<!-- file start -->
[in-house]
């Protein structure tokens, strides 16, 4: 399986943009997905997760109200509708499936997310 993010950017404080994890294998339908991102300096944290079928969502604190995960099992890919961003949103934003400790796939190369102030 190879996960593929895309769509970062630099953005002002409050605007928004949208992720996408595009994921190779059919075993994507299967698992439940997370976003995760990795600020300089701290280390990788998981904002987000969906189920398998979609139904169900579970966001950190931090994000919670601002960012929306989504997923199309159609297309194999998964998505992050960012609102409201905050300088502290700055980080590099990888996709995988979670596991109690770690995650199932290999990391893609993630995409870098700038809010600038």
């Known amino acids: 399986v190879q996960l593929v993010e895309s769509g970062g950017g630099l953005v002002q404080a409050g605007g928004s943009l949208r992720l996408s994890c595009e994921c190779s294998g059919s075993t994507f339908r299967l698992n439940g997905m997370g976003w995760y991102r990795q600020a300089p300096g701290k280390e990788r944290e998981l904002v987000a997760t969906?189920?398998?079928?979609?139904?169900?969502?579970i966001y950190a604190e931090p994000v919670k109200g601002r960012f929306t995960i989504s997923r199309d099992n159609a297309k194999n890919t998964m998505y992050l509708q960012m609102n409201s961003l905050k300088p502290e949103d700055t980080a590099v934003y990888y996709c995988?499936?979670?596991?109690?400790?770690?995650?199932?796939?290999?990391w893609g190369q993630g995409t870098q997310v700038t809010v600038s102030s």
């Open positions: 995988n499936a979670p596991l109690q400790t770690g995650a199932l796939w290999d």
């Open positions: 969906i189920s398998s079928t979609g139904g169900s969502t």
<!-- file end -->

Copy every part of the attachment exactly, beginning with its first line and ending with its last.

[in-house]
């Protein structure tokens, strides 16, 4: 399986943009997905997760109200509708499936997310 993010950017404080994890294998339908991102300096944290079928969502604190995960099992890919961003949103934003400790796939190369102030 190879996960593929895309769509970062630099953005002002409050605007928004949208992720996408595009994921190779059919075993994507299967698992439940997370976003995760990795600020300089701290280390990788998981904002987000969906189920398998979609139904169900579970966001950190931090994000919670601002960012929306989504997923199309159609297309194999998964998505992050960012609102409201905050300088502290700055980080590099990888996709995988979670596991109690770690995650199932290999990391893609993630995409870098700038809010600038």
């Known amino acids: 399986v190879q996960l593929v993010e895309s769509g970062g950017g630099l953005v002002q404080a409050g605007g928004s943009l949208r992720l996408s994890c595009e994921c190779s294998g059919s075993t994507f339908r299967l698992n439940g997905m997370g976003w995760y991102r990795q600020a300089p300096g701290k280390e990788r944290e998981l904002v987000a997760t969906?189920?398998?079928?979609?139904?169900?969502?579970i966001y950190a604190e931090p994000v919670k109200g601002r960012f929306t995960i989504s997923r199309d099992n159609a297309k194999n890919t998964m998505y992050l509708q960012m609102n409201s961003l905050k300088p502290e949103d700055t980080a590099v934003y990888y996709c995988?499936?979670?596991?109690?400790?770690?995650?199932?796939?290999?990391w893609g190369q993630g995409t870098q997310v700038t809010v600038s102030s």
């Open positions: 995988n499936a979670p596991l109690q400790t770690g995650a199932l796939w290999d």
């Open positions: 969906i189920s398998s079928t979609g139904g169900s969502t």